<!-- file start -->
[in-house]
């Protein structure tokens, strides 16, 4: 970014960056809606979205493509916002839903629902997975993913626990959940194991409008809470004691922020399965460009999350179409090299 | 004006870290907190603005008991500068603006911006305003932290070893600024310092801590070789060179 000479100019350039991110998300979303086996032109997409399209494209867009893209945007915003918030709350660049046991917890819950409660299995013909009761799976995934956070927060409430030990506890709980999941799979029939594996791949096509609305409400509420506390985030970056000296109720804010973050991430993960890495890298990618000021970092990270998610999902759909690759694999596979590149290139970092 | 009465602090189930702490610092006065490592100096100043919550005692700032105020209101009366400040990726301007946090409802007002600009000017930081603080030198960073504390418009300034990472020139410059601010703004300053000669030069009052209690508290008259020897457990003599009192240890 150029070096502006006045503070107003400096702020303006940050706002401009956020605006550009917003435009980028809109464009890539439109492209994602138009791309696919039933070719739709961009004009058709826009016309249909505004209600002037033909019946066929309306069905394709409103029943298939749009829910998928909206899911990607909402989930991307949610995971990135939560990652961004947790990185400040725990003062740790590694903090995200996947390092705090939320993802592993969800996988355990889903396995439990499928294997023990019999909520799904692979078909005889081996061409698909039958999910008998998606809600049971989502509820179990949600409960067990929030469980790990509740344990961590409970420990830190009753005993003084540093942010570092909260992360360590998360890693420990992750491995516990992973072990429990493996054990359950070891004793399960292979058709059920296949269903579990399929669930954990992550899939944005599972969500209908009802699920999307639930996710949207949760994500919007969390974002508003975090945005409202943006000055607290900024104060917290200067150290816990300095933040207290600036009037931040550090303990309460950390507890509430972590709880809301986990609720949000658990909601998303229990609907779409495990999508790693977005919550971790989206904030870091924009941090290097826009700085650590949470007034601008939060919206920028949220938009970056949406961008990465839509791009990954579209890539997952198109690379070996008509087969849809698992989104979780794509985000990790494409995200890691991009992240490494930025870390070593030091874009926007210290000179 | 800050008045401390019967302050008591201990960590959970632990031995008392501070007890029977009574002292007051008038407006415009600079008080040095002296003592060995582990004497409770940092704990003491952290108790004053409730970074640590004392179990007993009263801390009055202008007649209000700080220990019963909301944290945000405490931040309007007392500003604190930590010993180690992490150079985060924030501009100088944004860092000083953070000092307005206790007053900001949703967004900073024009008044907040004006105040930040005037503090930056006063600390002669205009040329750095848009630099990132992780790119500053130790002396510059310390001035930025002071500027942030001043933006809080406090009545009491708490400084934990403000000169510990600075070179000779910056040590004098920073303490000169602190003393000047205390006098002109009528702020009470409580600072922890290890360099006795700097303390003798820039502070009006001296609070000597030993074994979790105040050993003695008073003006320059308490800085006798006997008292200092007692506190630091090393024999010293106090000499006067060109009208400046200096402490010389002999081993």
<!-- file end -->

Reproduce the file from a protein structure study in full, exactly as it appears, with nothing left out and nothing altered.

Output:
[in-house]
């Protein structure tokens, strides 16, 4: 970014960056809606979205493509916002839903629902997975993913626990959940194991409008809470004691922020399965460009999350179409090299 | 004006870290907190603005008991500068603006911006305003932290070893600024310092801590070789060179 000479100019350039991110998300979303086996032109997409399209494209867009893209945007915003918030709350660049046991917890819950409660299995013909009761799976995934956070927060409430030990506890709980999941799979029939594996791949096509609305409400509420506390985030970056000296109720804010973050991430993960890495890298990618000021970092990270998610999902759909690759694999596979590149290139970092 | 009465602090189930702490610092006065490592100096100043919550005692700032105020209101009366400040990726301007946090409802007002600009000017930081603080030198960073504390418009300034990472020139410059601010703004300053000669030069009052209690508290008259020897457990003599009192240890 150029070096502006006045503070107003400096702020303006940050706002401009956020605006550009917003435009980028809109464009890539439109492209994602138009791309696919039933070719739709961009004009058709826009016309249909505004209600002037033909019946066929309306069905394709409103029943298939749009829910998928909206899911990607909402989930991307949610995971990135939560990652961004947790990185400040725990003062740790590694903090995200996947390092705090939320993802592993969800996988355990889903396995439990499928294997023990019999909520799904692979078909005889081996061409698909039958999910008998998606809600049971989502509820179990949600409960067990929030469980790990509740344990961590409970420990830190009753005993003084540093942010570092909260992360360590998360890693420990992750491995516990992973072990429990493996054990359950070891004793399960292979058709059920296949269903579990399929669930954990992550899939944005599972969500209908009802699920999307639930996710949207949760994500919007969390974002508003975090945005409202943006000055607290900024104060917290200067150290816990300095933040207290600036009037931040550090303990309460950390507890509430972590709880809301986990609720949000658990909601998303229990609907779409495990999508790693977005919550971790989206904030870091924009941090290097826009700085650590949470007034601008939060919206920028949220938009970056949406961008990465839509791009990954579209890539997952198109690379070996008509087969849809698992989104979780794509985000990790494409995200890691991009992240490494930025870390070593030091874009926007210290000179 | 800050008045401390019967302050008591201990960590959970632990031995008392501070007890029977009574002292007051008038407006415009600079008080040095002296003592060995582990004497409770940092704990003491952290108790004053409730970074640590004392179990007993009263801390009055202008007649209000700080220990019963909301944290945000405490931040309007007392500003604190930590010993180690992490150079985060924030501009100088944004860092000083953070000092307005206790007053900001949703967004900073024009008044907040004006105040930040005037503090930056006063600390002669205009040329750095848009630099990132992780790119500053130790002396510059310390001035930025002071500027942030001043933006809080406090009545009491708490400084934990403000000169510990600075070179000779910056040590004098920073303490000169602190003393000047205390006098002109009528702020009470409580600072922890290890360099006795700097303390003798820039502070009006001296609070000597030993074994979790105040050993003695008073003006320059308490800085006798006997008292200092007692506190630091090393024999010293106090000499006067060109009208400046200096402490010389002999081993």